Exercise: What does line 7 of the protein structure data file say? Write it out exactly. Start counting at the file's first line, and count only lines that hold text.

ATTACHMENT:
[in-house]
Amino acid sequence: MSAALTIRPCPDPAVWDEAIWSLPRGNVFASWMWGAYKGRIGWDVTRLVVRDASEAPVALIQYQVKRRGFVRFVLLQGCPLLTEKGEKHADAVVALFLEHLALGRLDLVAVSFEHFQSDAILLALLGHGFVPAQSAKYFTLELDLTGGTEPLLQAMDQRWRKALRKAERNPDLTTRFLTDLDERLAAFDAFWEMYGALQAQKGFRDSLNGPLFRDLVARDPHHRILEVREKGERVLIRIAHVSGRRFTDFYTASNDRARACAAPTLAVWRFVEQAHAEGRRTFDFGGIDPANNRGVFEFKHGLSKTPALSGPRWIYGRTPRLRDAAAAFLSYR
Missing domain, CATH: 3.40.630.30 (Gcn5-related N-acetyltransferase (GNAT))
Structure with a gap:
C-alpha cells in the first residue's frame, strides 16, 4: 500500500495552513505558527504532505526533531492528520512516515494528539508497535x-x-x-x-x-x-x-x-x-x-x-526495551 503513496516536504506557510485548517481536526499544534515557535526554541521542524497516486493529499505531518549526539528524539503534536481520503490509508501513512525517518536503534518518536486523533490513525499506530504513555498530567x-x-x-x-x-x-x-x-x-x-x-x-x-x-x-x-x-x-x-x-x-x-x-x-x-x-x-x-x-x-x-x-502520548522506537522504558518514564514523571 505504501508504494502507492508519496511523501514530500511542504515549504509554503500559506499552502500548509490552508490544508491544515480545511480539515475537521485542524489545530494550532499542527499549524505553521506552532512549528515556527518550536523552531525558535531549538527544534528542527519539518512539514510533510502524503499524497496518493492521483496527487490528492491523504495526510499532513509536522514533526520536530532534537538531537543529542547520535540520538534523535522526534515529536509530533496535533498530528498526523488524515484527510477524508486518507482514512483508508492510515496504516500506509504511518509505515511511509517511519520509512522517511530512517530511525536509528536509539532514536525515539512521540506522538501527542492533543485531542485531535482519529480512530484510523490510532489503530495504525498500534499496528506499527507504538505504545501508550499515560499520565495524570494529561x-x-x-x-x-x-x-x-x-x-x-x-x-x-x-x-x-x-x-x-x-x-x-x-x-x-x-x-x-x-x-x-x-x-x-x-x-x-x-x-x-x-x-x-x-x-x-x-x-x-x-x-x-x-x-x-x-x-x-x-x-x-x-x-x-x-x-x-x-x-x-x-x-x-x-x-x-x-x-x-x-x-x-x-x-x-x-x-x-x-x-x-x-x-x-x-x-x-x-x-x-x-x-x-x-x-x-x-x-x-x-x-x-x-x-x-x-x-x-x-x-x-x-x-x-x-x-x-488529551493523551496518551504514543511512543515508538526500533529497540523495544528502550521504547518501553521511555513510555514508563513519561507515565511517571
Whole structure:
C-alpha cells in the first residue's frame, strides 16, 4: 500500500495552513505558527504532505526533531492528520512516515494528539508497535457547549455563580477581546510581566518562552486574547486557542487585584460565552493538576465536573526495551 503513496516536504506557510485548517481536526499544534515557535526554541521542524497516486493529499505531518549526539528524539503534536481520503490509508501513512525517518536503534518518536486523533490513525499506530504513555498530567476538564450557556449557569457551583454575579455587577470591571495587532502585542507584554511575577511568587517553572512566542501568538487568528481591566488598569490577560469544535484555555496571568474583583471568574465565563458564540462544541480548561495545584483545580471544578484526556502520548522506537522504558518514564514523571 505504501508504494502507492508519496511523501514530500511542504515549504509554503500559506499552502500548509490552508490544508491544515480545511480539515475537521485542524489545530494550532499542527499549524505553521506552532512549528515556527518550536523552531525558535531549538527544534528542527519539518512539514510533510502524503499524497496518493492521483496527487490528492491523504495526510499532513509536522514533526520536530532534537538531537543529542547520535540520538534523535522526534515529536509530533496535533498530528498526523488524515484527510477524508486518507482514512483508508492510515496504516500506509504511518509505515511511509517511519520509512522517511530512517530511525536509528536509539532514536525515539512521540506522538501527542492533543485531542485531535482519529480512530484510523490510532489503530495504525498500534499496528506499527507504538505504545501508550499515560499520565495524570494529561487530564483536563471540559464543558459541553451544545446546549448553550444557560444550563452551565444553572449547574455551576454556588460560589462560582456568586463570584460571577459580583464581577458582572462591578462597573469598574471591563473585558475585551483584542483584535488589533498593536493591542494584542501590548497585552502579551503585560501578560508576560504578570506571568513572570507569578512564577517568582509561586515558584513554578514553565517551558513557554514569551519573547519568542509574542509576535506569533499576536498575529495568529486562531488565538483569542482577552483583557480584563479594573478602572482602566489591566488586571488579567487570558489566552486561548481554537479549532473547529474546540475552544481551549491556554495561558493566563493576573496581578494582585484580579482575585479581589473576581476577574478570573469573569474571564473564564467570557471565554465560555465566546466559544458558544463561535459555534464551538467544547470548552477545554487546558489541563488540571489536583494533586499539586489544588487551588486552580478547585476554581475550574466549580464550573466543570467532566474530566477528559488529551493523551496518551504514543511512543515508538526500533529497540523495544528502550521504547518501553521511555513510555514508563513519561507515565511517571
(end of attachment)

C-alpha cells in the first residue's frame, strides 16, 4: 500500500495552513505558527504532505526533531492528520512516515494528539508497535457547549455563580477581546510581566518562552486574547486557542487585584460565552493538576465536573526495551 503513496516536504506557510485548517481536526499544534515557535526554541521542524497516486493529499505531518549526539528524539503534536481520503490509508501513512525517518536503534518518536486523533490513525499506530504513555498530567476538564450557556449557569457551583454575579455587577470591571495587532502585542507584554511575577511568587517553572512566542501568538487568528481591566488598569490577560469544535484555555496571568474583583471568574465565563458564540462544541480548561495545584483545580471544578484526556502520548522506537522504558518514564514523571 505504501508504494502507492508519496511523501514530500511542504515549504509554503500559506499552502500548509490552508490544508491544515480545511480539515475537521485542524489545530494550532499542527499549524505553521506552532512549528515556527518550536523552531525558535531549538527544534528542527519539518512539514510533510502524503499524497496518493492521483496527487490528492491523504495526510499532513509536522514533526520536530532534537538531537543529542547520535540520538534523535522526534515529536509530533496535533498530528498526523488524515484527510477524508486518507482514512483508508492510515496504516500506509504511518509505515511511509517511519520509512522517511530512517530511525536509528536509539532514536525515539512521540506522538501527542492533543485531542485531535482519529480512530484510523490510532489503530495504525498500534499496528506499527507504538505504545501508550499515560499520565495524570494529561487530564483536563471540559464543558459541553451544545446546549448553550444557560444550563452551565444553572449547574455551576454556588460560589462560582456568586463570584460571577459580583464581577458582572462591578462597573469598574471591563473585558475585551483584542483584535488589533498593536493591542494584542501590548497585552502579551503585560501578560508576560504578570506571568513572570507569578512564577517568582509561586515558584513554578514553565517551558513557554514569551519573547519568542509574542509576535506569533499576536498575529495568529486562531488565538483569542482577552483583557480584563479594573478602572482602566489591566488586571488579567487570558489566552486561548481554537479549532473547529474546540475552544481551549491556554495561558493566563493576573496581578494582585484580579482575585479581589473576581476577574478570573469573569474571564473564564467570557471565554465560555465566546466559544458558544463561535459555534464551538467544547470548552477545554487546558489541563488540571489536583494533586499539586489544588487551588486552580478547585476554581475550574466549580464550573466543570467532566474530566477528559488529551493523551496518551504514543511512543515508538526500533529497540523495544528502550521504547518501553521511555513510555514508563513519561507515565511517571